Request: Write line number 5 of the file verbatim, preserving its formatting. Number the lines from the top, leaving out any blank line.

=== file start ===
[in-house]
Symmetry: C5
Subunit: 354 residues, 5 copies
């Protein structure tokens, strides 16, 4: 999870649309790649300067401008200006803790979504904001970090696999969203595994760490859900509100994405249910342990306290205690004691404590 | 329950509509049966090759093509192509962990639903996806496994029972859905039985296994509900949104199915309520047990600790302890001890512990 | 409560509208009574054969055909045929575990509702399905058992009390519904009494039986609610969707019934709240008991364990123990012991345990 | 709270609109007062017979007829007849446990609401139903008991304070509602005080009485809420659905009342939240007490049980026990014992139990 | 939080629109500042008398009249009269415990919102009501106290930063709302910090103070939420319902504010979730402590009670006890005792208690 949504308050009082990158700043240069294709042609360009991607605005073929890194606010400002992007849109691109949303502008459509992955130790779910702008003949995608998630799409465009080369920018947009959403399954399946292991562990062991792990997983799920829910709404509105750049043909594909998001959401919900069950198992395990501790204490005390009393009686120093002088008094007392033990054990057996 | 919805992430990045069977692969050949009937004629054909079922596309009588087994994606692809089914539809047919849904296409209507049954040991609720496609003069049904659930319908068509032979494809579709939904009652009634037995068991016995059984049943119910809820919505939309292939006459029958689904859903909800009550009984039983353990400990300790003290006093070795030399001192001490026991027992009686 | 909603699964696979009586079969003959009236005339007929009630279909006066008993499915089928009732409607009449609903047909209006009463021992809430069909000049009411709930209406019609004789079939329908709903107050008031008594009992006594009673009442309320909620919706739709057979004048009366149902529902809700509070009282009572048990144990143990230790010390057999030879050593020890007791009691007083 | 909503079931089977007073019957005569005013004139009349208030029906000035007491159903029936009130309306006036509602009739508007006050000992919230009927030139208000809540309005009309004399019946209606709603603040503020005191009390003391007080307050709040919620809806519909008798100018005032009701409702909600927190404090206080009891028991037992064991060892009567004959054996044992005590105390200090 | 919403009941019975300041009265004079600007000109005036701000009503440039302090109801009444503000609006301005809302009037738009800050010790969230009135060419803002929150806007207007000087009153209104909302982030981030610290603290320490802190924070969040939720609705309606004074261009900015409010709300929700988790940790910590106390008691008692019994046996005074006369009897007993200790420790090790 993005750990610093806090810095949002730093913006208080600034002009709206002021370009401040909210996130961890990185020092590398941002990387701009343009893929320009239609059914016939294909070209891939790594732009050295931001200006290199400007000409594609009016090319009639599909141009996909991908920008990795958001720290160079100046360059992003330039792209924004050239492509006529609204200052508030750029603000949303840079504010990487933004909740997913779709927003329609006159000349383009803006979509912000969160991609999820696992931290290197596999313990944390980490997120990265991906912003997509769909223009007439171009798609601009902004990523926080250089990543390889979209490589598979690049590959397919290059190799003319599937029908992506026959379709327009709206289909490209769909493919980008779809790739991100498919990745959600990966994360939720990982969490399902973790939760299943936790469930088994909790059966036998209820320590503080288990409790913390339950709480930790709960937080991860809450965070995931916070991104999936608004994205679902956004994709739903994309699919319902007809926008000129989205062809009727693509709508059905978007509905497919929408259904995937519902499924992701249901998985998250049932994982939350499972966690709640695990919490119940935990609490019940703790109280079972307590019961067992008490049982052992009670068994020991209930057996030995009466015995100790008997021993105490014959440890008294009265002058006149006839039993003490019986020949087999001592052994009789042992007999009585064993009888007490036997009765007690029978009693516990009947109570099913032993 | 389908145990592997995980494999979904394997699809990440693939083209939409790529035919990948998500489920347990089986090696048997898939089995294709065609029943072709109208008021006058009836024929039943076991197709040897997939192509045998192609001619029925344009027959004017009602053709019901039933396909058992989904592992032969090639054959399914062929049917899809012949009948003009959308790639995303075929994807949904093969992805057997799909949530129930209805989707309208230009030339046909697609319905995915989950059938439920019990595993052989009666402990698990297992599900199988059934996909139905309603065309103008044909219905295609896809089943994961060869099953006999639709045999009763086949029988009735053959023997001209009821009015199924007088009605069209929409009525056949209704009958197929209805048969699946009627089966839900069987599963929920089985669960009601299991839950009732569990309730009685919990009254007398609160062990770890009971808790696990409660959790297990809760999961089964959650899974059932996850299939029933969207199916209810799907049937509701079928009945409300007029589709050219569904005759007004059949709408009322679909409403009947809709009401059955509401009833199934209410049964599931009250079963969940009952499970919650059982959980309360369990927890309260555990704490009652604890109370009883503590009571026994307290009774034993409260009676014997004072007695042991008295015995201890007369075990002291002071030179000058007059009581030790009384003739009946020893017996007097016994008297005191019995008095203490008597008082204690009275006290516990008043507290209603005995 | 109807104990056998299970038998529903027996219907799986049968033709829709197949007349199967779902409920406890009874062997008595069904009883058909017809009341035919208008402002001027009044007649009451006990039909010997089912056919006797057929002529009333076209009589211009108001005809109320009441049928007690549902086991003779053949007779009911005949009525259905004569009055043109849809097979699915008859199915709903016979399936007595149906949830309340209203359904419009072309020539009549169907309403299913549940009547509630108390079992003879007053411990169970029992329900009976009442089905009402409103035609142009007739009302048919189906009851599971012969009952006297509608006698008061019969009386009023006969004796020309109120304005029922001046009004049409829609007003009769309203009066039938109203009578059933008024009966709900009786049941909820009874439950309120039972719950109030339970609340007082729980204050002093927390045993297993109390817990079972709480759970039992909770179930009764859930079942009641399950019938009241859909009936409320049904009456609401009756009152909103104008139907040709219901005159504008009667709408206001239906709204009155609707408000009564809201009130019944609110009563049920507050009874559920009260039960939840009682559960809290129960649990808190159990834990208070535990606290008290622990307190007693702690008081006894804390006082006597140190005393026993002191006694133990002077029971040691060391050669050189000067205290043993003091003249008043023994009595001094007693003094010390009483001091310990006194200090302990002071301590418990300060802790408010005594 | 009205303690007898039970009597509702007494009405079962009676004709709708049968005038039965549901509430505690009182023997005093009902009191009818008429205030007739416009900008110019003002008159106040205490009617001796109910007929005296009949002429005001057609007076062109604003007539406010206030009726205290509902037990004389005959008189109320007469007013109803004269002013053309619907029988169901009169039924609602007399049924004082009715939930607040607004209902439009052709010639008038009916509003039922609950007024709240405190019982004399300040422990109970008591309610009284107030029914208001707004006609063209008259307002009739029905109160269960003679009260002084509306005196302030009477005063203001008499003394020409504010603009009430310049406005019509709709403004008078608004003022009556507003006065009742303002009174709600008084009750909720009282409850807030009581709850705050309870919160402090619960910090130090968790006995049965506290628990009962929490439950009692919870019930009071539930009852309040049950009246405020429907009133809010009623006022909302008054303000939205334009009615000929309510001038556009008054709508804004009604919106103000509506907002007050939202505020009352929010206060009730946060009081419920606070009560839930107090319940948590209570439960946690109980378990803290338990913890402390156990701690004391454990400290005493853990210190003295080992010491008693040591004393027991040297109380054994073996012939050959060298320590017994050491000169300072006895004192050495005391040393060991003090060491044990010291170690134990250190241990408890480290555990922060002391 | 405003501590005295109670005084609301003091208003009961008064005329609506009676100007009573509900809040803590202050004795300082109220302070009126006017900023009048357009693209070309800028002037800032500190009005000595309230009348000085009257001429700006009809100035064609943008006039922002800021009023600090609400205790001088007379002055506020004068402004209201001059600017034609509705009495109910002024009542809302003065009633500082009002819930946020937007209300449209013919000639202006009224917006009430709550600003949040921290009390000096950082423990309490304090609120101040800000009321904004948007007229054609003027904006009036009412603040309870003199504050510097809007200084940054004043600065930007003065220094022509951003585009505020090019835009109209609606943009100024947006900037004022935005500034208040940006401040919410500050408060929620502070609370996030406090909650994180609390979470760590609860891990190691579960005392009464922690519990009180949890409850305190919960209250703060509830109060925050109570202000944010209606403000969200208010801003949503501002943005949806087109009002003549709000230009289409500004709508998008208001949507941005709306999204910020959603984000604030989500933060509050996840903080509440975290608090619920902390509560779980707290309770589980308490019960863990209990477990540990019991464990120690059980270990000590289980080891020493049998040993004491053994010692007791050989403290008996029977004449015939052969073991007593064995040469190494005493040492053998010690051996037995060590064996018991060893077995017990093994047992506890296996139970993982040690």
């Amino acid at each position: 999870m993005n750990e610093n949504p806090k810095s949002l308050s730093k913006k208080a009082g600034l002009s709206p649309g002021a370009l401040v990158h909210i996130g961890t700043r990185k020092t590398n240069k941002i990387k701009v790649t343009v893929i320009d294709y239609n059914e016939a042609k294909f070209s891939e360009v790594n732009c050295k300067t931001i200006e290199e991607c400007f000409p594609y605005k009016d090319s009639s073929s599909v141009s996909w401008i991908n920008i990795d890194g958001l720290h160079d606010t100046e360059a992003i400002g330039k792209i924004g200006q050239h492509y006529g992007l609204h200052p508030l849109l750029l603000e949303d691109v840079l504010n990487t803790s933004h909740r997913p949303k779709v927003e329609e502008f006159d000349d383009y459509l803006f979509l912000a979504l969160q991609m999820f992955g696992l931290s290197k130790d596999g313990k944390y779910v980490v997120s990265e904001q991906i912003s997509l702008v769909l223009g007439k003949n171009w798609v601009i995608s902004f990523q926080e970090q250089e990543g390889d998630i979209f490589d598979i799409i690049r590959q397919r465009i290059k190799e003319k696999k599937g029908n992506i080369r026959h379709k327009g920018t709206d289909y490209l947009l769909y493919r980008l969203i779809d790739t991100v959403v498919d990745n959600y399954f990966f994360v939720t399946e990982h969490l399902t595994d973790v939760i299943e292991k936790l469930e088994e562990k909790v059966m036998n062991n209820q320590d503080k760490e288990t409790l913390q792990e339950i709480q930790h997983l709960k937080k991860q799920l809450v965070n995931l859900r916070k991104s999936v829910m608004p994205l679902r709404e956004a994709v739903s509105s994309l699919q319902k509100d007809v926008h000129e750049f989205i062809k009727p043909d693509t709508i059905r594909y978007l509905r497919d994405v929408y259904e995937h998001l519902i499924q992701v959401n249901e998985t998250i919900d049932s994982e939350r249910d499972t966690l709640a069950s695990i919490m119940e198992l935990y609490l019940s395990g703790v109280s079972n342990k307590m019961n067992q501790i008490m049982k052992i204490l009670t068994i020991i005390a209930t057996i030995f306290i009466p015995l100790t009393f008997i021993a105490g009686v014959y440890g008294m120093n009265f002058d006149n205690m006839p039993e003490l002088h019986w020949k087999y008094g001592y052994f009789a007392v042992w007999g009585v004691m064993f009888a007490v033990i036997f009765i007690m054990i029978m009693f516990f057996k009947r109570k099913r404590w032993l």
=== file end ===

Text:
């Amino acid at each position: 999870m993005n750990e610093n949504p806090k810095s949002l308050s730093k913006k208080a009082g600034l002009s709206p649309g002021a370009l401040v990158h909210i996130g961890t700043r990185k020092t590398n240069k941002i990387k701009v790649t343009v893929i320009d294709y239609n059914e016939a042609k294909f070209s891939e360009v790594n732009c050295k300067t931001i200006e290199e991607c400007f000409p594609y605005k009016d090319s009639s073929s599909v141009s996909w401008i991908n920008i990795d890194g958001l720290h160079d606010t100046e360059a992003i400002g330039k792209i924004g200006q050239h492509y006529g992007l609204h200052p508030l849109l750029l603000e949303d691109v840079l504010n990487t803790s933004h909740r997913p949303k779709v927003e329609e502008f006159d000349d383009y459509l803006f979509l912000a979504l969160q991609m999820f992955g696992l931290s290197k130790d596999g313990k944390y779910v980490v997120s990265e904001q991906i912003s997509l702008v769909l223009g007439k003949n171009w798609v601009i995608s902004f990523q926080e970090q250089e990543g390889d998630i979209f490589d598979i799409i690049r590959q397919r465009i290059k190799e003319k696999k599937g029908n992506i080369r026959h379709k327009g920018t709206d289909y490209l947009l769909y493919r980008l969203i779809d790739t991100v959403v498919d990745n959600y399954f990966f994360v939720t399946e990982h969490l399902t595994d973790v939760i299943e292991k936790l469930e088994e562990k909790v059966m036998n062991n209820q320590d503080k760490e288990t409790l913390q792990e339950i709480q930790h997983l709960k937080k991860q799920l809450v965070n995931l859900r916070k991104s999936v829910m608004p994205l679902r709404e956004a994709v739903s509105s994309l699919q319902k509100d007809v926008h000129e750049f989205i062809k009727p043909d693509t709508i059905r594909y978007l509905r497919d994405v929408y259904e995937h998001l519902i499924q992701v959401n249901e998985t998250i919900d049932s994982e939350r249910d499972t966690l709640a069950s695990i919490m119940e198992l935990y609490l019940s395990g703790v109280s079972n342990k307590m019961n067992q501790i008490m049982k052992i204490l009670t068994i020991i005390a209930t057996i030995f306290i009466p015995l100790t009393f008997i021993a105490g009686v014959y440890g008294m120093n009265f002058d006149n205690m006839p039993e003490l002088h019986w020949k087999y008094g001592y052994f009789a007392v042992w007999g009585v004691m064993f009888a007490v033990i036997f009765i007690m054990i029978m009693f516990f057996k009947r109570k099913r404590w032993l």